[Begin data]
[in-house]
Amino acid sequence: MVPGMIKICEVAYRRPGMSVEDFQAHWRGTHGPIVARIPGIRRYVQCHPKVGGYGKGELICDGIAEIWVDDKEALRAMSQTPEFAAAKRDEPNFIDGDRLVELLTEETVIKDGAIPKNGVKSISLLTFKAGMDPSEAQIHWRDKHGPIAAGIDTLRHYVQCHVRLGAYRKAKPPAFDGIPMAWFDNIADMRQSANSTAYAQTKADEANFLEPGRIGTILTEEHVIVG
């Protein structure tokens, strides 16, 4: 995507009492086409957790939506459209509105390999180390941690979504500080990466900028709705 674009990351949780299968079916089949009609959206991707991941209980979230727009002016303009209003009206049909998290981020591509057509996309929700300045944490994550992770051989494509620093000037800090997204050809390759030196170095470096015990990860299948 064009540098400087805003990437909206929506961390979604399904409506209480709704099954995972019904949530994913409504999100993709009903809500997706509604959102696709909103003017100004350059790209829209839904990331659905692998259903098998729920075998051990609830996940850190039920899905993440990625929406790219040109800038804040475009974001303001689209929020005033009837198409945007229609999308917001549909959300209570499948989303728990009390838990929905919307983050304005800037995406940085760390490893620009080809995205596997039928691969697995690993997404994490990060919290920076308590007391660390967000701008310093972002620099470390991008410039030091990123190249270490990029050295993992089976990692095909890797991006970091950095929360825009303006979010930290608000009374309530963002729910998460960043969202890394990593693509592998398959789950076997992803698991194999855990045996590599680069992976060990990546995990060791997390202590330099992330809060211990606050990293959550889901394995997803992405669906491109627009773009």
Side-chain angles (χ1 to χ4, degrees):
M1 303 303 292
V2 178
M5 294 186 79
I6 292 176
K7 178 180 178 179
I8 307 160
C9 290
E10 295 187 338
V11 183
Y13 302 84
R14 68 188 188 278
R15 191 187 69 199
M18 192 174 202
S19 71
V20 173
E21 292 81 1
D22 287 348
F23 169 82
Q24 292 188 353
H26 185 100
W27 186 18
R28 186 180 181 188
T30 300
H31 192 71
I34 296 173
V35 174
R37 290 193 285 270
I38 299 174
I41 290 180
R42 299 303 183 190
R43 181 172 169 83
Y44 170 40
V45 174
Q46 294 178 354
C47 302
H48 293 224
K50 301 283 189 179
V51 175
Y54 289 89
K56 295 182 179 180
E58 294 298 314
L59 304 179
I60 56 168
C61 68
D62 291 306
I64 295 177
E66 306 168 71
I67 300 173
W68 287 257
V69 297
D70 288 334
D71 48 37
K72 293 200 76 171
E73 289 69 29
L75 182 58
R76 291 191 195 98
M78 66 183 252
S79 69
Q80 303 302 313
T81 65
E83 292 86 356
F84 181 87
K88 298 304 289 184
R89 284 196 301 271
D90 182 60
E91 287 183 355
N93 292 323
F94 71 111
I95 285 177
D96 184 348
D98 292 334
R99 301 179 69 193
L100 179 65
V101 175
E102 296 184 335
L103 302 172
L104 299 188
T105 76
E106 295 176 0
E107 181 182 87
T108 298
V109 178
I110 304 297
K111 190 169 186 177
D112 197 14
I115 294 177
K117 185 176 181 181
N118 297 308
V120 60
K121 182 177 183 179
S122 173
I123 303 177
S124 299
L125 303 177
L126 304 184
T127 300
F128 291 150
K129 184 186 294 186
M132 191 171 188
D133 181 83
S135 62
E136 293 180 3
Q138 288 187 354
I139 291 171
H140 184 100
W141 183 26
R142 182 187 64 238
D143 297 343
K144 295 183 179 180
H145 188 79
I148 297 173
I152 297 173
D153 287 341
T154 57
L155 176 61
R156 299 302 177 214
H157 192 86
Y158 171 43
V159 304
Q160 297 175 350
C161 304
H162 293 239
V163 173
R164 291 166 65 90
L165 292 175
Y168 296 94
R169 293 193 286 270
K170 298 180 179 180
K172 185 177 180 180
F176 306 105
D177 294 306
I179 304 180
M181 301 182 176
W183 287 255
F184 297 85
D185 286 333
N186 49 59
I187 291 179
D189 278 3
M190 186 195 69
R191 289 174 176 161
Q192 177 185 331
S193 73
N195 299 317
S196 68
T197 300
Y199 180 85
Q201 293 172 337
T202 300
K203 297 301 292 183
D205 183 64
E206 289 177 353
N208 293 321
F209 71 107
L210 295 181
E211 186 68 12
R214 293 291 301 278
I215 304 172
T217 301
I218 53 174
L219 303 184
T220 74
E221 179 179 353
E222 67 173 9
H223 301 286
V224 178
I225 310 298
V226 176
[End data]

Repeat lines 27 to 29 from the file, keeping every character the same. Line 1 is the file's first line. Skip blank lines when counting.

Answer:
T30 300
H31 192 71
I34 296 173